February 28, 2019
As U.S.-China trade negotiations drag on, at least there are signs of life for soybean exports to China, according to the latest round of data from USDA, out Thursday morning.
“China continues to chalk up export purchases of U.S. soybeans, taking a net 66.7 million bushels in the latest week and now accounting for 24% of total U.S. commitments,” according to Farm Futures senior grain market analyst Bryce Knorr. “Corn sales were also good, but shipments are slowing down as soybean business booms and the river system remains hampered by high water and high barge freight rates.”
U.S. soybean exports for the week ending February 21 totaled 80.7 million bushels, and China accounted for 82% of those sales, with 66.7 million bushels. Analysts were expecting the agency to show much more modest soybean sales between 18.4 million and 36.7 million bushels last week. The remainder of the latest batch of sales were picked up by the Netherlands, Germany, Egypt and Taiwan.
Soybean export shipments last week were also robust, reaching 83.4 million bushels. China was again the runaway No. 1 destination, with 50.8 million bushels. Other top destinations included the Netherlands, Germany, Mexico and Thailand.
Corn exports last week tallied 48.8 million bushels in old crop sales plus another 4.7 million bushels in new crop sales for a total of 53.6 million bushels, which surpassed the average trade guess that ranged between 27.6 million and 51.2 million bushels. Mexico picked up around a third of those sales, with 15.6 million bushels. Other top destinations included Japan, South Korea, Colombia and Morocco.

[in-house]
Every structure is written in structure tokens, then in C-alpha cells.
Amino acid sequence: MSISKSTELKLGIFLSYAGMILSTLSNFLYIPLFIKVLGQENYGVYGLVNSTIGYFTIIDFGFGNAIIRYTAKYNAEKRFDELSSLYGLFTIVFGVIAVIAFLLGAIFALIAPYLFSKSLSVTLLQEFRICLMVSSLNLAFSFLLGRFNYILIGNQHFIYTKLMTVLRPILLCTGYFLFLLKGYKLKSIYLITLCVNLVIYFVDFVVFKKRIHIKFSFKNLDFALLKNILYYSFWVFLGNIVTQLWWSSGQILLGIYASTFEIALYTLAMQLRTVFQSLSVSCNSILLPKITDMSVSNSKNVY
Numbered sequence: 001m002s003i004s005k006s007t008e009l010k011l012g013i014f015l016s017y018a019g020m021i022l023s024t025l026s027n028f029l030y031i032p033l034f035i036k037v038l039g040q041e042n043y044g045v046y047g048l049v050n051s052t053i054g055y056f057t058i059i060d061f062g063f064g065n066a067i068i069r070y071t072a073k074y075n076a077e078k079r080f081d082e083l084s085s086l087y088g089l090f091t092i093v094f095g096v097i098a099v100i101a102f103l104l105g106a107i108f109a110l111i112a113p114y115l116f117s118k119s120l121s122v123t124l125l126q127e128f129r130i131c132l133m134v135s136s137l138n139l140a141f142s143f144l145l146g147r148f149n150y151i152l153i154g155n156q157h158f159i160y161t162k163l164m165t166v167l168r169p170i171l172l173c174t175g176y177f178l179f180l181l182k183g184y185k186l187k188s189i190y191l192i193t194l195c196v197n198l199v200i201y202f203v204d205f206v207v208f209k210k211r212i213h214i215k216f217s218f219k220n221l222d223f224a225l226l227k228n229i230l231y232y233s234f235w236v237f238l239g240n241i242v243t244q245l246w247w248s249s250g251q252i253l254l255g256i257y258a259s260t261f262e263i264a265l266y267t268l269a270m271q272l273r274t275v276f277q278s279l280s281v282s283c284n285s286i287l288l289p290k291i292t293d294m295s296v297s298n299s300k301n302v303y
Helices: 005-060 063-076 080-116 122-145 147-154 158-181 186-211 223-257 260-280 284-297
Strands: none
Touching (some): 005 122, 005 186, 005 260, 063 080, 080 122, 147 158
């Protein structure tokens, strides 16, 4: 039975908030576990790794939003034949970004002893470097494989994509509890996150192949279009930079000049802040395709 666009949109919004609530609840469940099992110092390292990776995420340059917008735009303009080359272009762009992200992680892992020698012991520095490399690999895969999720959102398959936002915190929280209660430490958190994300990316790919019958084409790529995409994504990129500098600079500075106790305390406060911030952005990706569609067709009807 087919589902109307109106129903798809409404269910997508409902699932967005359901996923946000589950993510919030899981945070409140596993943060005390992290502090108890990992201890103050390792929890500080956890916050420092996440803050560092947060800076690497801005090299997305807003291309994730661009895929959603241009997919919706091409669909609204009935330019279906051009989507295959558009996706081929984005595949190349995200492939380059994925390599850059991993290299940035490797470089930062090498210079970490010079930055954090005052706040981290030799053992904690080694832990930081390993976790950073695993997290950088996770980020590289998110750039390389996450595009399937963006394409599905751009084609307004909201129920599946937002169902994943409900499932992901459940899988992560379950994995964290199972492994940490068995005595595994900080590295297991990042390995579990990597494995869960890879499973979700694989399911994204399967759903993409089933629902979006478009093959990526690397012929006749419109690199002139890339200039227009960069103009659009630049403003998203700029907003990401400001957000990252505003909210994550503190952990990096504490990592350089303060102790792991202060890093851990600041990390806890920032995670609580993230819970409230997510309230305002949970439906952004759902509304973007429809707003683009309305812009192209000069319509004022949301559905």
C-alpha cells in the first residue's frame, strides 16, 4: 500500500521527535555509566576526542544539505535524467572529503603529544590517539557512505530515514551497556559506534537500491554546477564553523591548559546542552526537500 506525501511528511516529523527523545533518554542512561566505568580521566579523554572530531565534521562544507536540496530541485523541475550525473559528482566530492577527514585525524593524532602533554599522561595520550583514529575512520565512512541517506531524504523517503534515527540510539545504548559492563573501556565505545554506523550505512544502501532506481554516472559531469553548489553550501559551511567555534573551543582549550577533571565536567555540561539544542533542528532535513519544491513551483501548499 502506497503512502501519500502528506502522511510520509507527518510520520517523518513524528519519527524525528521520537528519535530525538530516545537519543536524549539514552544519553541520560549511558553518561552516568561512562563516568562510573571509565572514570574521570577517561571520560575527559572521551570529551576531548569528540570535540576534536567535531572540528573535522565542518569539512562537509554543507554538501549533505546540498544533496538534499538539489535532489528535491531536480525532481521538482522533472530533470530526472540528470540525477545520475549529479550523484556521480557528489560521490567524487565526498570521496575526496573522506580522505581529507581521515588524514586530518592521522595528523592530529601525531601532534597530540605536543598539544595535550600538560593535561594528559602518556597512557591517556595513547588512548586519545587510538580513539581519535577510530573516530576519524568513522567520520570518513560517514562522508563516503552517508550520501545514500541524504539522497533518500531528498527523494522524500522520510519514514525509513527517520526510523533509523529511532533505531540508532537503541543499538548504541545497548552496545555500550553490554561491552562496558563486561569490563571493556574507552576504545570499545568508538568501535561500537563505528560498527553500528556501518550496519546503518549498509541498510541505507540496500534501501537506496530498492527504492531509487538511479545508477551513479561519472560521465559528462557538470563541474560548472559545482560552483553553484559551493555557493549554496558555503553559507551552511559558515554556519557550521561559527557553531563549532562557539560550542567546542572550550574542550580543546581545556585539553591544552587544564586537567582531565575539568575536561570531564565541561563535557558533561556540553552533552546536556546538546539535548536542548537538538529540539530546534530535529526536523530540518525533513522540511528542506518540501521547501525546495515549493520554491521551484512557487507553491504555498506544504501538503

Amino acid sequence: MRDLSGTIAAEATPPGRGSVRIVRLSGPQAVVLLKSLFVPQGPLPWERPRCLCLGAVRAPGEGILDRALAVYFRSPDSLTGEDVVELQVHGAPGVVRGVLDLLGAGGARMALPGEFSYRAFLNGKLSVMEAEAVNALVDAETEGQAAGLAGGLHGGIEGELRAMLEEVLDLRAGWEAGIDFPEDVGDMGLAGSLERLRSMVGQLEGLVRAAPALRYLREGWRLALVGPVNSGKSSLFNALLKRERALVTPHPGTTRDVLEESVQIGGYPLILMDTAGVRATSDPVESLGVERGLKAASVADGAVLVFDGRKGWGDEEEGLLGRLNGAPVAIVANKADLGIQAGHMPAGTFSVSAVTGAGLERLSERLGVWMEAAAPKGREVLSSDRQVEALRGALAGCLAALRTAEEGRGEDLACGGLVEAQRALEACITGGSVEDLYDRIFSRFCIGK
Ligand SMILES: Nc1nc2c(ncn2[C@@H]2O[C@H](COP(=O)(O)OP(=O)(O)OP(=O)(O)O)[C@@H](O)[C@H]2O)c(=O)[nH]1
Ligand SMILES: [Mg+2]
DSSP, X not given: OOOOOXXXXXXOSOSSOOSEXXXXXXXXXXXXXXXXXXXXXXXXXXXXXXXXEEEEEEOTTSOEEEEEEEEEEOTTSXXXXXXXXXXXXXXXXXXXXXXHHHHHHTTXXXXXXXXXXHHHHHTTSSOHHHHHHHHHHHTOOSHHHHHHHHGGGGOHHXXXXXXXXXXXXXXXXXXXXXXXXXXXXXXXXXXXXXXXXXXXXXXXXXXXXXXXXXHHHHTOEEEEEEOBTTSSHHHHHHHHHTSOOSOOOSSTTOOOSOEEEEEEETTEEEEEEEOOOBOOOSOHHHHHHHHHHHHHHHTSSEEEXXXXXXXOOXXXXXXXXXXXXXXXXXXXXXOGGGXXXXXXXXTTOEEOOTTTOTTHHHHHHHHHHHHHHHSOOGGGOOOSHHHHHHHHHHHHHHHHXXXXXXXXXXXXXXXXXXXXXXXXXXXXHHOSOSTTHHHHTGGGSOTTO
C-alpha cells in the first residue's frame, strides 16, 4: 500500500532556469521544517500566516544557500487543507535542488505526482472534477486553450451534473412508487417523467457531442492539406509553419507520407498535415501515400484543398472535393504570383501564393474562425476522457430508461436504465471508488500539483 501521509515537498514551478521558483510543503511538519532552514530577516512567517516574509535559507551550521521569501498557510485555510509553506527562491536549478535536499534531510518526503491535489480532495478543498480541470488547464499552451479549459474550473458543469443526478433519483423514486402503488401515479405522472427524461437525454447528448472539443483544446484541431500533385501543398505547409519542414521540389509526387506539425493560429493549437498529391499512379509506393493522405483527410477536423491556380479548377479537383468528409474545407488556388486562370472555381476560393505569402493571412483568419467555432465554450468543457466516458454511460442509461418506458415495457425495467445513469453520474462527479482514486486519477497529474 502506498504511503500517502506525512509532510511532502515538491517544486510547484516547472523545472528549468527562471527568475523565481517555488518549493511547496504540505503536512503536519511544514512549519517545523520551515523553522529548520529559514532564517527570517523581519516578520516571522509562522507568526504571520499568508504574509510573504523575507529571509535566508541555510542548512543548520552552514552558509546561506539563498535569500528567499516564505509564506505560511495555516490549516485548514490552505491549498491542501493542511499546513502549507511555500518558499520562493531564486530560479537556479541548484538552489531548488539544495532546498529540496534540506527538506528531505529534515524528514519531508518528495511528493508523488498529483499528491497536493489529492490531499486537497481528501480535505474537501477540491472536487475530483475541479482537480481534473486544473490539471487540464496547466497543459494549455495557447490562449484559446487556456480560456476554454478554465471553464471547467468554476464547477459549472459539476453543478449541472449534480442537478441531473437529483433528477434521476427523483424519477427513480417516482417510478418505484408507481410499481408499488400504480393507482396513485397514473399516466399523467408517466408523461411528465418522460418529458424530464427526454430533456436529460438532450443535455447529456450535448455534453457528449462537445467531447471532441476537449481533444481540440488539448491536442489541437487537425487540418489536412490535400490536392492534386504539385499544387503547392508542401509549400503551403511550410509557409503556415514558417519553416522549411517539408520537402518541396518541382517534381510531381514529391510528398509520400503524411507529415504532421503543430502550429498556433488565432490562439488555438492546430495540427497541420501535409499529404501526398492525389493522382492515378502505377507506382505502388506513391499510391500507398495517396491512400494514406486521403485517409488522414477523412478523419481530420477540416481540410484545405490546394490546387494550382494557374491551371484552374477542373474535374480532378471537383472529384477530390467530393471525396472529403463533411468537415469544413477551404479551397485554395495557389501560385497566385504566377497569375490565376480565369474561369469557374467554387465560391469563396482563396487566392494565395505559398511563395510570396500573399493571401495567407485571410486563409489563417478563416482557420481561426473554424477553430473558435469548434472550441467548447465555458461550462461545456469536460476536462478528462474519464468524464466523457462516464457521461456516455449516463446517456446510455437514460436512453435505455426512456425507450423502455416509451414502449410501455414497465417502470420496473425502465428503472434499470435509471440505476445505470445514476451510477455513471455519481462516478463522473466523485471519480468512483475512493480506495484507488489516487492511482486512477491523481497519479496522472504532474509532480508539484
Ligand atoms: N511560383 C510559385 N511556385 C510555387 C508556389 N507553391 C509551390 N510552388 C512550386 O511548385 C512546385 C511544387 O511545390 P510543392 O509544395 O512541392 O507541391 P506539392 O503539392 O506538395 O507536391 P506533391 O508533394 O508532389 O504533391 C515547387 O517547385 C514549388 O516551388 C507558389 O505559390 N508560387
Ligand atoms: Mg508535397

Corn export shipments were lower, at 30.3 million bushels. Mexico was the No. 1 destination, with 11.5 million bushels. Other top destinations included Japan, Peru, Colombia and South Korea.
Wheat export sales found 17.5 million bushels in old crop sales plus another 2.2 million bushels in new crop sales for a total of 19.7 million bushels, which was on the high end of trade guesses that ranged between 7.3 million and 22.0 million bushels. Indonesia made an appearance at the top spot, with 6.2 million bushels. Other leading destinations included fellow Asian countries such as the Philippines, Japan, South Korea and Taiwan.
“Wheat continues to lag behind the rate needed to reach USDA’s forecast for the 2018 marketing year, making it unlikely it will reach the government’s forecast,” Knorr notes.
Wheat export shipments were for 24.5 million bushels and are headed for Yemen, the Philippines, Nigeria, Taiwan and Iraq.
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